Though he was a self-described late bloomer, he has blossomed and today he is an experienced financial advisor sharing his knowledge in how to invest money with clients and serving on Williamson’s board of trustees’ Finance Committee helping to guide the school’s investments.
Inspired by his Williamson journey and fueled by his professional success, Timothy Gilligan 9W6 recently made a significant annual donation of $25,000 to name an annual student scholarship. Reflecting on his life, Gilligan recognizes his hometown community and schooling as guiding forces that have led him to where he is at today.
Gilligan grew up in Sharon Hill and while attending Monsignor Bonner High School had no idea what he wanted to do after graduation.
Coming from a family of four boys with limited financial means, college was not an option.
He knew he needed to do something though he didn’t know what and when he learned of Williamson he was intrigued by the school’s uniqueness and enrolled in the Power Plant Technology Program.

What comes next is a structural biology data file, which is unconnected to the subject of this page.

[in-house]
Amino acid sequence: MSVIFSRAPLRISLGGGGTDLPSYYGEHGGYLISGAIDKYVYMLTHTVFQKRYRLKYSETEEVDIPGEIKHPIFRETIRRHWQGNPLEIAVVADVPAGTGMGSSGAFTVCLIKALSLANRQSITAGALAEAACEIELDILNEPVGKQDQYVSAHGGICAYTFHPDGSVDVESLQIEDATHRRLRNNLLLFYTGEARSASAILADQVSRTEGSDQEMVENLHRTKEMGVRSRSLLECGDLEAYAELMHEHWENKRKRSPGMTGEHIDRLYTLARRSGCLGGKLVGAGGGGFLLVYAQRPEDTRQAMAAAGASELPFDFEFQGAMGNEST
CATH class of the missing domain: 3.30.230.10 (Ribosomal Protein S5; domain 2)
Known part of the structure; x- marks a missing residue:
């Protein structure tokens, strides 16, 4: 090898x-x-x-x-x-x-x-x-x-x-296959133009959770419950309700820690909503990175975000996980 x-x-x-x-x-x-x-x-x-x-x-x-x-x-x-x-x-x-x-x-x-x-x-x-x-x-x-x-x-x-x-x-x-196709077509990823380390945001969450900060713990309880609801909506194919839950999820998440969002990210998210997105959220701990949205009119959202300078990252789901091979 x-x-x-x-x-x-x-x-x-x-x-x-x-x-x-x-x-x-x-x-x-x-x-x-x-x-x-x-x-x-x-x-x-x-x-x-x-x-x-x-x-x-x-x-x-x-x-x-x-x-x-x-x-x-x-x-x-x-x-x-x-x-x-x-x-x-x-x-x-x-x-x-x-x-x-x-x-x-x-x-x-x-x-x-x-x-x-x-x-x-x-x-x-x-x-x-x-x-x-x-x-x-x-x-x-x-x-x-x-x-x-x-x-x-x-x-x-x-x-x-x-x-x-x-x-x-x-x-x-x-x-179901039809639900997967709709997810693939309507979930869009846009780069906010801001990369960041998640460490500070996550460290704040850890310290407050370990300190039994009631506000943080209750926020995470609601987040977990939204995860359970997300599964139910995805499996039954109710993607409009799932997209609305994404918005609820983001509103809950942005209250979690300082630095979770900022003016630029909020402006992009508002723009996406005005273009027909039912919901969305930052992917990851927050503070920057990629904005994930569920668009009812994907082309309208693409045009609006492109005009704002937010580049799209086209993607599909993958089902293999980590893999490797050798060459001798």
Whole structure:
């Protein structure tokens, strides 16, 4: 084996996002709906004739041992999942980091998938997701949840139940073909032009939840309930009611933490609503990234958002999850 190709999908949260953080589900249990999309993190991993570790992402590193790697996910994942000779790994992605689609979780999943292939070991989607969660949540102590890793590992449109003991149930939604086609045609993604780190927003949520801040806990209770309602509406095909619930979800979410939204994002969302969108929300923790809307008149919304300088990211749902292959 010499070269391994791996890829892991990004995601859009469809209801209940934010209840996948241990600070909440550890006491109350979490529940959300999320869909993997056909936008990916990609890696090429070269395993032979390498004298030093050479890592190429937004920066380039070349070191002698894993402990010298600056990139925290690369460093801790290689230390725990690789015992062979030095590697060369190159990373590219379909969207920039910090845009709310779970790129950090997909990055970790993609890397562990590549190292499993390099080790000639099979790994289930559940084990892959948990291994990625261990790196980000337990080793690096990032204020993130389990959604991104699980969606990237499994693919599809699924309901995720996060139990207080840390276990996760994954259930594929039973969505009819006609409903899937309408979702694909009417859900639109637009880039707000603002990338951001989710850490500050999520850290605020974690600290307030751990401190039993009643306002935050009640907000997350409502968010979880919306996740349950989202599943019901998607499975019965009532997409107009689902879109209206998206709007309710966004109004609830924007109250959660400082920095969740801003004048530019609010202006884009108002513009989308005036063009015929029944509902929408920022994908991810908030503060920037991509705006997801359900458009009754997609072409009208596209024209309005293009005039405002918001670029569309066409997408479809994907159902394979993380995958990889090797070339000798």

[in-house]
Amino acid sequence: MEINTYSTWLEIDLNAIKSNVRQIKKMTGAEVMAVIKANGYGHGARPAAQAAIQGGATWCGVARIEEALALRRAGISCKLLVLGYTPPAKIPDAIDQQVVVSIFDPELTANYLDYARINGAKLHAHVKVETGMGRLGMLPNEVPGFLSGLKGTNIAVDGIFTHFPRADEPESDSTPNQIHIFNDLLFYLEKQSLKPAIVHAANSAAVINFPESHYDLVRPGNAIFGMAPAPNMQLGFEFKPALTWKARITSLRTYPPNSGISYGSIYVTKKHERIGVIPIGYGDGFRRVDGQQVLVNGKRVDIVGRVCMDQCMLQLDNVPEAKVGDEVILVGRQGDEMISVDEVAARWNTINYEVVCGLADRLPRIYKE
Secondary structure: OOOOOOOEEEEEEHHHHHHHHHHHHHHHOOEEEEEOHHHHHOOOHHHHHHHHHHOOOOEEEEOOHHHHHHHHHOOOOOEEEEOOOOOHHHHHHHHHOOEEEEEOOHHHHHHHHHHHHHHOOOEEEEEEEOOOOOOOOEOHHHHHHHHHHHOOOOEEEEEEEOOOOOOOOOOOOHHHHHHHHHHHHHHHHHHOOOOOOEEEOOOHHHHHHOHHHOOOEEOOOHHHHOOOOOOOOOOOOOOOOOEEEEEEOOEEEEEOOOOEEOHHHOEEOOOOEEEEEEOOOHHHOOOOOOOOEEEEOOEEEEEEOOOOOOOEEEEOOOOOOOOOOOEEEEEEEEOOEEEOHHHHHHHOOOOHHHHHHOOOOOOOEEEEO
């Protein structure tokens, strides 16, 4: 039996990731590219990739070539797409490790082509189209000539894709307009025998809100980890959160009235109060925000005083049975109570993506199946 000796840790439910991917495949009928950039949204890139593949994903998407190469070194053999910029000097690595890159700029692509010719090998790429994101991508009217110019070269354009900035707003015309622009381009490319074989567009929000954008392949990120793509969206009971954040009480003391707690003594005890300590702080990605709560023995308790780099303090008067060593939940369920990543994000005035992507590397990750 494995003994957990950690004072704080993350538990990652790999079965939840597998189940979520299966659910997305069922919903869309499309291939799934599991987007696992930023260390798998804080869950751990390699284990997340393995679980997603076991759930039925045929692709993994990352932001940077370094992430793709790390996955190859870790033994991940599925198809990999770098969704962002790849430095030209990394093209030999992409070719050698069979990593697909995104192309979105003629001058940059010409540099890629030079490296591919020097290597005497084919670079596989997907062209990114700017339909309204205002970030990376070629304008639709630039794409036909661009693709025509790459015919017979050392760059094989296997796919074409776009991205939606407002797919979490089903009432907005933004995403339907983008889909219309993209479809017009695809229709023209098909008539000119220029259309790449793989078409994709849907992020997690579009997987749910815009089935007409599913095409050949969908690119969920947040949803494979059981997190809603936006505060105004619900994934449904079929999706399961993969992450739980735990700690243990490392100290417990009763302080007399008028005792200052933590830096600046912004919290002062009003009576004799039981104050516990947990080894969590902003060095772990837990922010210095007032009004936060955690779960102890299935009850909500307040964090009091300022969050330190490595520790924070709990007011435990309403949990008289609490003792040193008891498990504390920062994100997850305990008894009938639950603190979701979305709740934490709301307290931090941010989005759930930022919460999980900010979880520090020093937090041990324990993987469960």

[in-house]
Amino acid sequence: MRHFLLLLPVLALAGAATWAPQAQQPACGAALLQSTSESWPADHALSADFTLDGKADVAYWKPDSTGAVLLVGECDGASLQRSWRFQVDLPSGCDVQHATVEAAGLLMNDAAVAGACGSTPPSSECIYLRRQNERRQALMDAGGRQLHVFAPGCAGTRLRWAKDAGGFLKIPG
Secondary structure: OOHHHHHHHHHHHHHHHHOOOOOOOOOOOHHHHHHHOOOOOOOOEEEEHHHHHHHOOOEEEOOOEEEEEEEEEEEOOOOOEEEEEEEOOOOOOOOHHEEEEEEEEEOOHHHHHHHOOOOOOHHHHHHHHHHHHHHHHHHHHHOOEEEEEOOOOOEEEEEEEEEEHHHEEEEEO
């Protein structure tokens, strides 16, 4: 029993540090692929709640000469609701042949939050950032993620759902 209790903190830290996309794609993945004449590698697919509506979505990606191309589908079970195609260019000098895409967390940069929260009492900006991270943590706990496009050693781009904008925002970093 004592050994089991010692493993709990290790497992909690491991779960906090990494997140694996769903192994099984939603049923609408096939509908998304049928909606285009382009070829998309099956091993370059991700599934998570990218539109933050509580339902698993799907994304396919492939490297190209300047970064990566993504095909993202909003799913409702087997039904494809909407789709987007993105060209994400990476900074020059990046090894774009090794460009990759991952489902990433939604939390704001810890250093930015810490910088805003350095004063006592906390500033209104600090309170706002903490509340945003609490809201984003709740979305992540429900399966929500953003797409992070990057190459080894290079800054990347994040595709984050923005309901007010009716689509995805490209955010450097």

“Williamson helped me a lot because it takes young men and puts them into a structured environment with discipline. This gave me an opportunity to mature intellectually. Williamson helped me find myself. It gave me hope that there was a place for me. It helps you think about your future in a realistic way. I benefited so much from the daily morning chapel and the guest speakers.”
Gilligan, who has always had a desire to be very much involved in whatever he is doing and takes things seriously, served as his class’ president and played on the baseball and basketball teams.
Though he benefited in many ways from his Williamson education, when he graduated he still had not made any firm career decisions.
He worked briefly in the power field and then enrolled in West Chester University because they accepted two years worth of his Williamson credits.
In two years he earned a bachelor’s degree in political science and, still searching for career goals, was considering becoming a history teacher or joining the Navy. He eventually enlisted in the Navy Reserves after 9/11 serving as an intelligence specialist supporting the global war on terrorism.